Peter Sarsgaard On Cocaine, Hamlet And Black Mass

We talk to actor Peter Sarsgaard about his role as Brian Halloran in Black Mass.

Some screen personalities are just movie stars, but some truly give justice to the epithet ‘actor’. In an industry where Arnold Schwarzenegger or Tom Cruise can live extremely comfortably playing endless versions of themselves (or who the public thinks they are), it only makes performers like Peter Sarsgaard stand out further.

The 44-year-old has been described online thus; ‘baby face; soft, strangely ominous voice; often bizarre, unstable characters’. Without as much talent under the hood it might have led to an endless string of Dr Crippen-style psychos, but Sarsgaard not only confounds expectations, he does so with every role.

After playing a Russian sailor (K-19), one of magazine publishing’s foremost editors (Shattered Glass), a grave-robbing suburbanite (Garden State), a sex researcher (Kinsey), a suave loverboy bordering on creepy (An Education), the voice of a domestic robot (Robot and Frank) and a… you get the idea. Sarsgaard, it seems, can do anything, and he talks to GQ at the Toronto International Film Festival about his latest role as the coked-up, loose-lipped Brian Halloran in Black Mass.

Brian Halloran was a very impactful part but only a small one. Is there a tendency to overplay it because you don’t get much screen time?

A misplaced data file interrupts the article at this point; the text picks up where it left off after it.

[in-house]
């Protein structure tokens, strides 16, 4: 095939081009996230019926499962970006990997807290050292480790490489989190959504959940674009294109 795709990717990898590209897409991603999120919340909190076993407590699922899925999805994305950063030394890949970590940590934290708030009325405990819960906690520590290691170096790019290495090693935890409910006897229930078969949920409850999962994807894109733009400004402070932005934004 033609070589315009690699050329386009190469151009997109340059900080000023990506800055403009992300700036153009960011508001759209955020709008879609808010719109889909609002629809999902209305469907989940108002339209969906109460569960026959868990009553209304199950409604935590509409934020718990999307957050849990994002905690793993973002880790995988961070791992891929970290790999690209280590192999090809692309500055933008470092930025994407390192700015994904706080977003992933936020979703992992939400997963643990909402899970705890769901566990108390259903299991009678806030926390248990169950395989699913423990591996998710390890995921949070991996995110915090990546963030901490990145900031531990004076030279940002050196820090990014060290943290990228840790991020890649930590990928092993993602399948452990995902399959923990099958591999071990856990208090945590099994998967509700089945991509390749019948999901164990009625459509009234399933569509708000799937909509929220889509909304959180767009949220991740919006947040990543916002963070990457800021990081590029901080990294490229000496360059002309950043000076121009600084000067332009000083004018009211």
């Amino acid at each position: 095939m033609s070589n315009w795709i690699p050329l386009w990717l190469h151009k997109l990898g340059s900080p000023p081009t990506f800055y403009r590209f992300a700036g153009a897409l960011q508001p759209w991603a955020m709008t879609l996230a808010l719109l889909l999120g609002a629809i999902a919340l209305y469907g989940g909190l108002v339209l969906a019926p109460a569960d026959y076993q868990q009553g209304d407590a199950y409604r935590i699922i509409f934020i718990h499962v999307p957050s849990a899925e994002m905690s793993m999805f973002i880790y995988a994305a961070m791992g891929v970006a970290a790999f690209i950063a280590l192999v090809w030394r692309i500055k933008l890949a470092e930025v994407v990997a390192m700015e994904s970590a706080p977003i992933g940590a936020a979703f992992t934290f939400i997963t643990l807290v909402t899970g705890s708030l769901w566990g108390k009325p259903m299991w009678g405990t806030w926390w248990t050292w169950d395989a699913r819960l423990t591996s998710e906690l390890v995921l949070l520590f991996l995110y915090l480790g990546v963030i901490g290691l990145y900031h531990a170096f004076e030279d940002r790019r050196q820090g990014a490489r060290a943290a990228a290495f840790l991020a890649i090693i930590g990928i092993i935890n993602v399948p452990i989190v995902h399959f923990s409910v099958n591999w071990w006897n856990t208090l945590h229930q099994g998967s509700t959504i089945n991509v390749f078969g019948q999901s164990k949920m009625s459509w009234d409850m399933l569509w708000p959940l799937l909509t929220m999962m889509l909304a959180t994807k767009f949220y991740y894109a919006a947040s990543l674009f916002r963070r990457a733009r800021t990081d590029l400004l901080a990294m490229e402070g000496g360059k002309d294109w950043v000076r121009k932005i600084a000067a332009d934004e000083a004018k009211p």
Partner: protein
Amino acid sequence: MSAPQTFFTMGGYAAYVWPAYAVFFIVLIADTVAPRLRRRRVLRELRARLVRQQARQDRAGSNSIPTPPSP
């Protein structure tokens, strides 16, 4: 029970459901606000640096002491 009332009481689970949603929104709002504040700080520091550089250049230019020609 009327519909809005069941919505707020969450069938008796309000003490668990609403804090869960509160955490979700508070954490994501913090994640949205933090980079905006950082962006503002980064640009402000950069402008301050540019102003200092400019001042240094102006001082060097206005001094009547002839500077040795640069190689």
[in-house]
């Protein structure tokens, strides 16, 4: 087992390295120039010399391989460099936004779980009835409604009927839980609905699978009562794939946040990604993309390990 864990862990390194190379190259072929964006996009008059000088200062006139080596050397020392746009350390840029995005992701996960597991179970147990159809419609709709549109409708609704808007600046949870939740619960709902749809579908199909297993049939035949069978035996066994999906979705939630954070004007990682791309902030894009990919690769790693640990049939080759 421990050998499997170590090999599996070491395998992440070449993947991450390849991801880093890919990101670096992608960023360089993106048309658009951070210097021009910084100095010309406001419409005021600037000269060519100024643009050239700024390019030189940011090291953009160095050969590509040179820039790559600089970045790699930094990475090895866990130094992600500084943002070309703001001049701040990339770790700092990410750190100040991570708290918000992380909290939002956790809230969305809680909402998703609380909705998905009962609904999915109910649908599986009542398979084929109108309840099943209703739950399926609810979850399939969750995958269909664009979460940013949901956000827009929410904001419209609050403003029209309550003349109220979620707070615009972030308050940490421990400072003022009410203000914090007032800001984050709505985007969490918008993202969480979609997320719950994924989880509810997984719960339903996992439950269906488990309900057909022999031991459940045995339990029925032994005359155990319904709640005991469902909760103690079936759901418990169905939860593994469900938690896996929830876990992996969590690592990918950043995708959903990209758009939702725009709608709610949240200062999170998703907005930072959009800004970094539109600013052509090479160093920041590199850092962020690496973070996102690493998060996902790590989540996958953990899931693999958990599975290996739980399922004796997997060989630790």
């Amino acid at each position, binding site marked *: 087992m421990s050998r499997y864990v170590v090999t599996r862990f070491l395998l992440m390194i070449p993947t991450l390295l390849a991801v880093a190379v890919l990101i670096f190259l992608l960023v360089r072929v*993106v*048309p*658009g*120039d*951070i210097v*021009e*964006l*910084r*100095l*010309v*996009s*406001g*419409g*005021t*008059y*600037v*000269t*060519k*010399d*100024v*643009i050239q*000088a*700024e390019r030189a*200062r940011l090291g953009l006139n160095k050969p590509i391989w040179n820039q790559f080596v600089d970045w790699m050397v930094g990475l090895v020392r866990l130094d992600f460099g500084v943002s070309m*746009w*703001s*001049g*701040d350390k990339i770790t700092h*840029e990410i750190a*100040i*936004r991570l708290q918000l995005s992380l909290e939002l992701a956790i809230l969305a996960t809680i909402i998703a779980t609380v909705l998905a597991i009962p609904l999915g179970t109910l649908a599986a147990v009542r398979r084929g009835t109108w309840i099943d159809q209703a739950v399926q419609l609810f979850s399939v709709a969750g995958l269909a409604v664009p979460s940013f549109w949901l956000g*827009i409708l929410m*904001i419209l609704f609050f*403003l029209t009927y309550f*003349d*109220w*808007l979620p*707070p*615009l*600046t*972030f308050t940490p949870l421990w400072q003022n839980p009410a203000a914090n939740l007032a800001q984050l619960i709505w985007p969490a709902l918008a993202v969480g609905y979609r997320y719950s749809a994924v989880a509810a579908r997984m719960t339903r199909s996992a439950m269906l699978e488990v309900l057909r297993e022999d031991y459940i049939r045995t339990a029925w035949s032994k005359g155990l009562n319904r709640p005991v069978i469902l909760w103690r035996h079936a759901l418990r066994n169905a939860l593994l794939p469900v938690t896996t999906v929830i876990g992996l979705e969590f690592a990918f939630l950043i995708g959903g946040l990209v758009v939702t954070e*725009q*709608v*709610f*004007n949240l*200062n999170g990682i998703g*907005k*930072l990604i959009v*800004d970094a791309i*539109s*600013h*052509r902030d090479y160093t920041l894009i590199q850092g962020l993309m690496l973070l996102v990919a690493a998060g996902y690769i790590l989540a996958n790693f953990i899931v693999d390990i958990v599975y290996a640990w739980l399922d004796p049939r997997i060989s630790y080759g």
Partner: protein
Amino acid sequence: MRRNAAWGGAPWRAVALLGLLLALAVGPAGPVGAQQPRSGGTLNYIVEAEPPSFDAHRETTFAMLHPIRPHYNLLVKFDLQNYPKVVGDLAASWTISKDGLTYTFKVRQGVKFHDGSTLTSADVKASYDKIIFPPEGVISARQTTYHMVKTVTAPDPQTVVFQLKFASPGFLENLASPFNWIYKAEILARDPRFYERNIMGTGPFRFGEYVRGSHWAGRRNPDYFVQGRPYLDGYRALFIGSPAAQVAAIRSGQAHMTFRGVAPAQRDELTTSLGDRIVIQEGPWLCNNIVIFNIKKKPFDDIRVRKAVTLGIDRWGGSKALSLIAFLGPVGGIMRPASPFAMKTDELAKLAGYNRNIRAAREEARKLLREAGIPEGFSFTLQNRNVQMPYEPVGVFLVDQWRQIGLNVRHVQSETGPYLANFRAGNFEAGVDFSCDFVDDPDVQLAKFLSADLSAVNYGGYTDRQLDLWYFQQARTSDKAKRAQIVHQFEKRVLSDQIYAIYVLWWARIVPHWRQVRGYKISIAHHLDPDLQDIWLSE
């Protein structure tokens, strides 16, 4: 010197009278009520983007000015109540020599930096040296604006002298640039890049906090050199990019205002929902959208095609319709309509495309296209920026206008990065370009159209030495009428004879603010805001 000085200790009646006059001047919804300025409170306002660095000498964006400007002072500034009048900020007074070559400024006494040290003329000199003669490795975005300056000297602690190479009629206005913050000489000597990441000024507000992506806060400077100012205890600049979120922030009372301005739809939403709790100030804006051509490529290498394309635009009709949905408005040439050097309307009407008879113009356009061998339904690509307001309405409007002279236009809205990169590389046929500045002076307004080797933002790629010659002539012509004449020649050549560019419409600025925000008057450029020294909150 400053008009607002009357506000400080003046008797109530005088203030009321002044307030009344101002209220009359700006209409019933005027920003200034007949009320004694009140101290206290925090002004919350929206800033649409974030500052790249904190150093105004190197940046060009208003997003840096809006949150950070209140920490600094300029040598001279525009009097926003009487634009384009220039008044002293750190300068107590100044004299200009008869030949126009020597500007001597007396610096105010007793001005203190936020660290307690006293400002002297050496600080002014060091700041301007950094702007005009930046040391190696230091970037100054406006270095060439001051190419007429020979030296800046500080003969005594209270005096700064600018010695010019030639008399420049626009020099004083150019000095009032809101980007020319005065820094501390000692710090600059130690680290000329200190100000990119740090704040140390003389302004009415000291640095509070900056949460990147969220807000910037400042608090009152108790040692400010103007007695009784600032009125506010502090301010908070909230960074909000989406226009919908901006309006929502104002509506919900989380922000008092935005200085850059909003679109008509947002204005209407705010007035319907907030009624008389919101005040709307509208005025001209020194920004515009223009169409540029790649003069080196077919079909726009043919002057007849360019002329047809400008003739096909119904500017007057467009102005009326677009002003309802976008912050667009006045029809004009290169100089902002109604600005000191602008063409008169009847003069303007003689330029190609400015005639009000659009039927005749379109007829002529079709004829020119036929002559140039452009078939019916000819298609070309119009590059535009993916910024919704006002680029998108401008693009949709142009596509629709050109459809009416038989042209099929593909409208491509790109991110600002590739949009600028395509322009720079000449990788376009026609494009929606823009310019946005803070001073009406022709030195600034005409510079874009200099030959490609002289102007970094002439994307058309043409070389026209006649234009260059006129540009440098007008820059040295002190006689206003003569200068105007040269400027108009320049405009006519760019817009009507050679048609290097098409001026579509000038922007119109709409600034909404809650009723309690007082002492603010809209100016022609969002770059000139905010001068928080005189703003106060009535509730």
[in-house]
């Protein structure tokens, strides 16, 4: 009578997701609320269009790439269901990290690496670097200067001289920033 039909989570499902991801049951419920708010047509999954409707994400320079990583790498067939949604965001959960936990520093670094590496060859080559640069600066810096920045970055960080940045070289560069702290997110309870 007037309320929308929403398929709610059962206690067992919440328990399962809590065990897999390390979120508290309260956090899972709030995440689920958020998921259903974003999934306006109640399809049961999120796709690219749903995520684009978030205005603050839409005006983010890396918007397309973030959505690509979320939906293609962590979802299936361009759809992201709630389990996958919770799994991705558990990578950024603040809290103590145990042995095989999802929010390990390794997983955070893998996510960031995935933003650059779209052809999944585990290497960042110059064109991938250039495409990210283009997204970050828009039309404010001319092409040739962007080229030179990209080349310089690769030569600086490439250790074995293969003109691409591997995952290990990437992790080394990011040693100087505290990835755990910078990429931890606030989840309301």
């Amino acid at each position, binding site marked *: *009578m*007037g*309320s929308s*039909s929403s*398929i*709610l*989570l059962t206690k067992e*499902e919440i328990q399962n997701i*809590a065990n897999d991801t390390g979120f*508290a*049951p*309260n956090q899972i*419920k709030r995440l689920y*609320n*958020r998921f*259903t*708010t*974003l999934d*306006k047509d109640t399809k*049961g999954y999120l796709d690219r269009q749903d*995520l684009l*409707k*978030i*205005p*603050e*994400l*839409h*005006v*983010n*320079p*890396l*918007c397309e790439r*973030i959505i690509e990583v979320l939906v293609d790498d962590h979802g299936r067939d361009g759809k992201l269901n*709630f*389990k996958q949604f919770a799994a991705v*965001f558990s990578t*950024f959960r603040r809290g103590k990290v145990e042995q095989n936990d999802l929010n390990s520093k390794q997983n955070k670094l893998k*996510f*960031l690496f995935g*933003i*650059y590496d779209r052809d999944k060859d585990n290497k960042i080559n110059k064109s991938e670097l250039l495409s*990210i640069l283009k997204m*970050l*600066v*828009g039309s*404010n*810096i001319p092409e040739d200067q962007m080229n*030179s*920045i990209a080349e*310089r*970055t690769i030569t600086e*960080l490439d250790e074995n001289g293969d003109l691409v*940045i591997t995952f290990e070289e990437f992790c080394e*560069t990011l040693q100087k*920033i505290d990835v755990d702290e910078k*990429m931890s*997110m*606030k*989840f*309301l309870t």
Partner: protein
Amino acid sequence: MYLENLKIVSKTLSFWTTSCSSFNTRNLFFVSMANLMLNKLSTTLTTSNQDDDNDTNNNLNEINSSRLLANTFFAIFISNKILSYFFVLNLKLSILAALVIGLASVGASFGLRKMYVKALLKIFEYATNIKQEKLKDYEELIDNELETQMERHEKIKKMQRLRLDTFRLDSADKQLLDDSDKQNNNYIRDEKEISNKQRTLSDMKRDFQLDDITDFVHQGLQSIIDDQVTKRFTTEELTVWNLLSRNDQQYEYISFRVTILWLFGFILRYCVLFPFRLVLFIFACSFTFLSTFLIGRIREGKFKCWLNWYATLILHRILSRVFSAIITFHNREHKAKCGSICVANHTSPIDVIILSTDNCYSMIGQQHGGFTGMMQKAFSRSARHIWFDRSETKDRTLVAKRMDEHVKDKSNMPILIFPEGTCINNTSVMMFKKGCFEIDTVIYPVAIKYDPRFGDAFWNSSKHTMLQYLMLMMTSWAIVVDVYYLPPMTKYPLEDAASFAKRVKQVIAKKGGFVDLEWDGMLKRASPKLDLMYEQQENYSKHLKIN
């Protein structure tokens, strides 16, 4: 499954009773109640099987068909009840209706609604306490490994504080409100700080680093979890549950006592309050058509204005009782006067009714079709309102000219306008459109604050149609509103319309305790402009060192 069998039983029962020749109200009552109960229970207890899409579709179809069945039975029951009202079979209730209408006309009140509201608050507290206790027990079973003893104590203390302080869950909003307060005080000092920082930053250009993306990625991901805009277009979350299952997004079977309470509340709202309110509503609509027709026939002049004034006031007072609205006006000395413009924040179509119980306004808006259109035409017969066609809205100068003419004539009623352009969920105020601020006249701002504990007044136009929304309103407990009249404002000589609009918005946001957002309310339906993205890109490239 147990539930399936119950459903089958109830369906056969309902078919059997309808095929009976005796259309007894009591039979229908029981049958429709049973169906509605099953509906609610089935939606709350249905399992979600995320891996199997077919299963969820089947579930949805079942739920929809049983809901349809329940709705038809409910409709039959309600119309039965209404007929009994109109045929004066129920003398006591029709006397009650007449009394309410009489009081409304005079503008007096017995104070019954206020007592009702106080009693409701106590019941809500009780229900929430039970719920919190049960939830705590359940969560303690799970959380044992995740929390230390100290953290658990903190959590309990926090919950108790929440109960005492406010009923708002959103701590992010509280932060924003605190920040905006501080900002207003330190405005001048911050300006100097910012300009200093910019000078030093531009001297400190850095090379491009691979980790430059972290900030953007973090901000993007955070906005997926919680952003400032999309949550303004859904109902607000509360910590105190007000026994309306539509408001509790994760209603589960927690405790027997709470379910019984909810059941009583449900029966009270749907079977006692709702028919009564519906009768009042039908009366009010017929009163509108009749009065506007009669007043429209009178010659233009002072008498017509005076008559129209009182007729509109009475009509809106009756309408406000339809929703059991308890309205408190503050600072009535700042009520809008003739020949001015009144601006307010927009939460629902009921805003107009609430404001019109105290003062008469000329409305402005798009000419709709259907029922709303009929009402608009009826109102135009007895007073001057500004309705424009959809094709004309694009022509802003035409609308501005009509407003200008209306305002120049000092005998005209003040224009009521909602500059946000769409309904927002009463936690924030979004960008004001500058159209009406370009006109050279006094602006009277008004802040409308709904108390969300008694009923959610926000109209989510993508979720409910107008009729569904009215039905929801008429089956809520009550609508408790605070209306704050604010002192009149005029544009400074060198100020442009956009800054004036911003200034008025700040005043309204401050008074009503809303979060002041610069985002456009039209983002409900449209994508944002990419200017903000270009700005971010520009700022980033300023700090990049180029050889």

I don’t really think in those terms. It’s written a certain way. The stakes are a certain way. He’s on cocaine and he knows he’s going to probably be killed.

I don’t ever think of big or small in terms of the characters I play. I was attracted to doing the role mainly because I knew Scott [Cooper, director] and it was about working with him. I really only seriously started thinking about what I was going to do with it after I’d agreed to do it. I was signing up for the party and then I figured it out afterwards.

Is there a method to playing such a hyped up and spaced out guy? Staying up for three days, drinking lots of Pepsi, maybe?

Nothing artificial, no. But I’ve lived. I know what things are.

You’re in three movies over the next few weeks [Pawn Sacrifice, Black Mass, The Experimenter]. You must have been filming constantly this year?

I was finishing The Slap, then I went into Hamlet, then I have been doing Magnificent Seven. But it doesn’t feel that way to me. For me, I would wake up every day and play Hamlet if I could. But I’m enough of a junkie about it that I will try to stay employed all the time.

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